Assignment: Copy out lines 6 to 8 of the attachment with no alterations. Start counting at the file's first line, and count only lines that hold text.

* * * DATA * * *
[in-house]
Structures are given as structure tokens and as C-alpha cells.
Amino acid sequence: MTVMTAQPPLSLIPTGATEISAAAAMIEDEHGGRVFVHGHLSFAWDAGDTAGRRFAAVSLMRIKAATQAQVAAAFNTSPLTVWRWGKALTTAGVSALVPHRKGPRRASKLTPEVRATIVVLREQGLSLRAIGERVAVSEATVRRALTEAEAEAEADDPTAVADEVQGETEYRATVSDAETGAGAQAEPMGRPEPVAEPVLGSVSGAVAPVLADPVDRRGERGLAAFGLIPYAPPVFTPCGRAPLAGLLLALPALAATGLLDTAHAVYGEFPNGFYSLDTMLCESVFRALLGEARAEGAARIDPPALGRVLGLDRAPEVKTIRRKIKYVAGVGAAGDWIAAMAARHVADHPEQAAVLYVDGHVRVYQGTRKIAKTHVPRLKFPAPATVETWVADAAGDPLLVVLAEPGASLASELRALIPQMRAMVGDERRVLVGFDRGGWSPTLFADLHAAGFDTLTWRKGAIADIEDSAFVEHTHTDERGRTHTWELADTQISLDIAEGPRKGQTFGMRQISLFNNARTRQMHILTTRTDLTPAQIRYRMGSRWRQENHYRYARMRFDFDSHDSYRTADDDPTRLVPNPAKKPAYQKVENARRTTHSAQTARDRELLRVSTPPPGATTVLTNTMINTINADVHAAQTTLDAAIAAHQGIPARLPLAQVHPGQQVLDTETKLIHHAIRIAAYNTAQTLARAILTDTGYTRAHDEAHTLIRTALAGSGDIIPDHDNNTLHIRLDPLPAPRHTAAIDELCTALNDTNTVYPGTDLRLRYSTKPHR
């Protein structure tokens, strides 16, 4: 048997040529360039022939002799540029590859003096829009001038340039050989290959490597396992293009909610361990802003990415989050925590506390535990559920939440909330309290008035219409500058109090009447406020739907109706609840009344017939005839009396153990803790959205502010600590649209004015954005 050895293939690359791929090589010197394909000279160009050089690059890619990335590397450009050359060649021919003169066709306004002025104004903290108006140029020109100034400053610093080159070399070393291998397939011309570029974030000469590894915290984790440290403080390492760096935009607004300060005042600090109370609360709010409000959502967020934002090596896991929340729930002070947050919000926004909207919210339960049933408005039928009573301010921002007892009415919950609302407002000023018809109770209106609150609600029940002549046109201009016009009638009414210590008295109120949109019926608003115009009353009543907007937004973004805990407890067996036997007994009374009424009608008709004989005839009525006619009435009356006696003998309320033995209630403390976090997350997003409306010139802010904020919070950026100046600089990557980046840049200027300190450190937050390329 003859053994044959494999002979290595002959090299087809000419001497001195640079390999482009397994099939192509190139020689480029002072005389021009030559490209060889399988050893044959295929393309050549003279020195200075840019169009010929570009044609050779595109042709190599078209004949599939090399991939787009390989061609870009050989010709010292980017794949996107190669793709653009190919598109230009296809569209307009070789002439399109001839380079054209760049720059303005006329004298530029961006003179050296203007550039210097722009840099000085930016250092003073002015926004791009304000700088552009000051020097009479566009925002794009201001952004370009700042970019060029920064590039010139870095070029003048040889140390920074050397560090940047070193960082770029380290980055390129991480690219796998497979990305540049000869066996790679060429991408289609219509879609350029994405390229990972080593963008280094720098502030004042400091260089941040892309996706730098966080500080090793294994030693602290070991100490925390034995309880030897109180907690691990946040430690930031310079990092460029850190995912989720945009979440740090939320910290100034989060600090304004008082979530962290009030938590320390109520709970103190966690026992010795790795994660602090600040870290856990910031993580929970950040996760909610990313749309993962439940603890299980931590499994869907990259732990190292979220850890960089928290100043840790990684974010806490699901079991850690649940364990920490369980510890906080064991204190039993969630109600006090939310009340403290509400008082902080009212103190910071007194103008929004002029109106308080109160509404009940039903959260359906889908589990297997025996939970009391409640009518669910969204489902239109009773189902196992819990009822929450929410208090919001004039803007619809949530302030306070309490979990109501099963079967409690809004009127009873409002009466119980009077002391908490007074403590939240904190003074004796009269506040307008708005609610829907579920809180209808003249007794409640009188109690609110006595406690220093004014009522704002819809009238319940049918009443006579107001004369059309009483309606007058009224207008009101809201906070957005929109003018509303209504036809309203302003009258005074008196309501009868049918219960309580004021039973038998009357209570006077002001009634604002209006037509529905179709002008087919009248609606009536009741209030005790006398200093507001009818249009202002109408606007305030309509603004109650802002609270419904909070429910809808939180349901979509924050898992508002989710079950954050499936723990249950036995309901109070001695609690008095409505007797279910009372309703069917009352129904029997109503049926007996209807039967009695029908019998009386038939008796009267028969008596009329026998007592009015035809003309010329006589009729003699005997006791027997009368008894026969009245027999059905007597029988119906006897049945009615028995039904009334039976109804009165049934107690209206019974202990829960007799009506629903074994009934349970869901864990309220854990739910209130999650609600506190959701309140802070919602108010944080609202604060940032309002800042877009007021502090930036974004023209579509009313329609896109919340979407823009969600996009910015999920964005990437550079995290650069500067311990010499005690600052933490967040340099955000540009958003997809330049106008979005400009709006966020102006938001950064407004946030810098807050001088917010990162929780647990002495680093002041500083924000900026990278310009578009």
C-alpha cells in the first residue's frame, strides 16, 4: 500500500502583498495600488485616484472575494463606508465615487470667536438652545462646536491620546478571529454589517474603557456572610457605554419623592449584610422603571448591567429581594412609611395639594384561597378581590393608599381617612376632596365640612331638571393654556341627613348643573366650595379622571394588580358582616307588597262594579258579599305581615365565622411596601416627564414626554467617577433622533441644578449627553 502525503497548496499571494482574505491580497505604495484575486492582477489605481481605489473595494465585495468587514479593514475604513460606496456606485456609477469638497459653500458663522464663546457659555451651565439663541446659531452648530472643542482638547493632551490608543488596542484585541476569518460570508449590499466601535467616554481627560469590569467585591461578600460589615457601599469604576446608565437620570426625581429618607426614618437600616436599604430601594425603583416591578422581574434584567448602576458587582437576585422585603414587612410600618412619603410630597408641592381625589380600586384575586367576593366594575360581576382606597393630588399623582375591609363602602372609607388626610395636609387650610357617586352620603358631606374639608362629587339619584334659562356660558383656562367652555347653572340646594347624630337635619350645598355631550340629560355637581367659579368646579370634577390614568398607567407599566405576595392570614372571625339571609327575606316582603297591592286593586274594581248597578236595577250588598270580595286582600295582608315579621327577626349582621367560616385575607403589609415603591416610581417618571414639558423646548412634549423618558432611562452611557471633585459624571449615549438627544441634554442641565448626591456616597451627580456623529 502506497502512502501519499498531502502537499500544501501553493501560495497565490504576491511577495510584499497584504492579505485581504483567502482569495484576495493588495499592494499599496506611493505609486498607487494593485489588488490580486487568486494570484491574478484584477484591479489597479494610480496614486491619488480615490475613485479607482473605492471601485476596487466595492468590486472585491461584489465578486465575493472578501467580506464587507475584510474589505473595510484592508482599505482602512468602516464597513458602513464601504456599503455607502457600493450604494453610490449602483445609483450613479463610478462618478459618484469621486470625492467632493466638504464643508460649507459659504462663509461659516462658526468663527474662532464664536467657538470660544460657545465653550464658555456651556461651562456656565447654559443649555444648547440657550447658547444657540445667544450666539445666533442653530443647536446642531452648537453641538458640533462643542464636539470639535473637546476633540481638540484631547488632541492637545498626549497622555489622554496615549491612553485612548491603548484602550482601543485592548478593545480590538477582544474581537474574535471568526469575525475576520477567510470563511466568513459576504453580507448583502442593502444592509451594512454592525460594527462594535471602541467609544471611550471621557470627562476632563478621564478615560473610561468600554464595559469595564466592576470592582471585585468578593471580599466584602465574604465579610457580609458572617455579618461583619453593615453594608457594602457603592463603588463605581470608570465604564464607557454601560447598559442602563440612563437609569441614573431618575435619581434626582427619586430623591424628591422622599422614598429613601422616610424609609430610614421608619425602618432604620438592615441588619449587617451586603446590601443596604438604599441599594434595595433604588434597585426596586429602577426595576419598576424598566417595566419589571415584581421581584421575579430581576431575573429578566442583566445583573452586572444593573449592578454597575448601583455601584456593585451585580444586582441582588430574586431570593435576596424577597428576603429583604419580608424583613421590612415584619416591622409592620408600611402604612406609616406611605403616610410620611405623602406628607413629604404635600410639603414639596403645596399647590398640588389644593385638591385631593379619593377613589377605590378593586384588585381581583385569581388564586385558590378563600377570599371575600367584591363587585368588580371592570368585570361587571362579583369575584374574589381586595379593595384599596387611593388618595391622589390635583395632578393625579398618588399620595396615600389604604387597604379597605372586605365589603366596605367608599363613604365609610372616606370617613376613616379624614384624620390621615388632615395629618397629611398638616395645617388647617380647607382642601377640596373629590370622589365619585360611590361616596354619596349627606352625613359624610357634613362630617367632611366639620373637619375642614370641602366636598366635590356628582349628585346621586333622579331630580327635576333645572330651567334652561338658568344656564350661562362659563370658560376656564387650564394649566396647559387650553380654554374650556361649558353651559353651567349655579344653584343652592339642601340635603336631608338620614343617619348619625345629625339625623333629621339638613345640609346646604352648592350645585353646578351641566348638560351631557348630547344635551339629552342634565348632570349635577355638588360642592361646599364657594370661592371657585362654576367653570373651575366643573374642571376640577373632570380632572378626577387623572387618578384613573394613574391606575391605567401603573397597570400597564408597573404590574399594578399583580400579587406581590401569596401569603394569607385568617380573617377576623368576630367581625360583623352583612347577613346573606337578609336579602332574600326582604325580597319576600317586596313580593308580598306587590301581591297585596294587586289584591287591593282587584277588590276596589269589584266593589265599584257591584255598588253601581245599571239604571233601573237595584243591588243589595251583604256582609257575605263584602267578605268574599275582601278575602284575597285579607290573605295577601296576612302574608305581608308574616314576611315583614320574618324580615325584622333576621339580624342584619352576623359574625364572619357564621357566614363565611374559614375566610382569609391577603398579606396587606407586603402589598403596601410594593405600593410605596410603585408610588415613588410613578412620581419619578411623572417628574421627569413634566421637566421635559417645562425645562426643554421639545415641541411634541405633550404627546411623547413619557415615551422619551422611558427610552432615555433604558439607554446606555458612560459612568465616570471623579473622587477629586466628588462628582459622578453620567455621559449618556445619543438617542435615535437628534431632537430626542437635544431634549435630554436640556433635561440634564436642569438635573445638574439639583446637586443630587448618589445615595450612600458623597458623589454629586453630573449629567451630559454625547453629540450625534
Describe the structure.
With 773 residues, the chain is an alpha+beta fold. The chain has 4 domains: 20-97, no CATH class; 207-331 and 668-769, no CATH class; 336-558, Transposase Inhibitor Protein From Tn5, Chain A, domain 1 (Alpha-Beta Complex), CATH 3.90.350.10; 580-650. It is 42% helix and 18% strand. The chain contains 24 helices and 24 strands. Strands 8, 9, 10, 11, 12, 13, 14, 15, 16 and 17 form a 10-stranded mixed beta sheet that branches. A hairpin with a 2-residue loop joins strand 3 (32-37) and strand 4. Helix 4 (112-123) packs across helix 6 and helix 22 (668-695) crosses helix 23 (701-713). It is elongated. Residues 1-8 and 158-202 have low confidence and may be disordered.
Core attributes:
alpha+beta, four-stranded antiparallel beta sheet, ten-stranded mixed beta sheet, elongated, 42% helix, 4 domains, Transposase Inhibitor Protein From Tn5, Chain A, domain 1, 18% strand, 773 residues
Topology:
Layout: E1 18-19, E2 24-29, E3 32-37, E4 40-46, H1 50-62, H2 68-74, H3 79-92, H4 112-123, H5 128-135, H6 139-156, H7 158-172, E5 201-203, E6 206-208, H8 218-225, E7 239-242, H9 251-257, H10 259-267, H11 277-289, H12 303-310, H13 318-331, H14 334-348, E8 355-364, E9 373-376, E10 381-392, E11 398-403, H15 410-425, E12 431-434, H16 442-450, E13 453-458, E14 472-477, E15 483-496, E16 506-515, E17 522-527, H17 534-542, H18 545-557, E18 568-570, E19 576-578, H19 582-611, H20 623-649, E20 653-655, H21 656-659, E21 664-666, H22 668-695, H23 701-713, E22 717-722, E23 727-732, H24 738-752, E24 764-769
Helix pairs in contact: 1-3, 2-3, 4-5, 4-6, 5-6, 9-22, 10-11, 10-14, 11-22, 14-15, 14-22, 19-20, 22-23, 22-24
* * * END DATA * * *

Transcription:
Describe the structure.
With 773 residues, the chain is an alpha+beta fold. The chain has 4 domains: 20-97, no CATH class; 207-331 and 668-769, no CATH class; 336-558, Transposase Inhibitor Protein From Tn5, Chain A, domain 1 (Alpha-Beta Complex), CATH 3.90.350.10; 580-650. It is 42% helix and 18% strand. The chain contains 24 helices and 24 strands. Strands 8, 9, 10, 11, 12, 13, 14, 15, 16 and 17 form a 10-stranded mixed beta sheet that branches. A hairpin with a 2-residue loop joins strand 3 (32-37) and strand 4. Helix 4 (112-123) packs across helix 6 and helix 22 (668-695) crosses helix 23 (701-713). It is elongated. Residues 1-8 and 158-202 have low confidence and may be disordered.
Core attributes: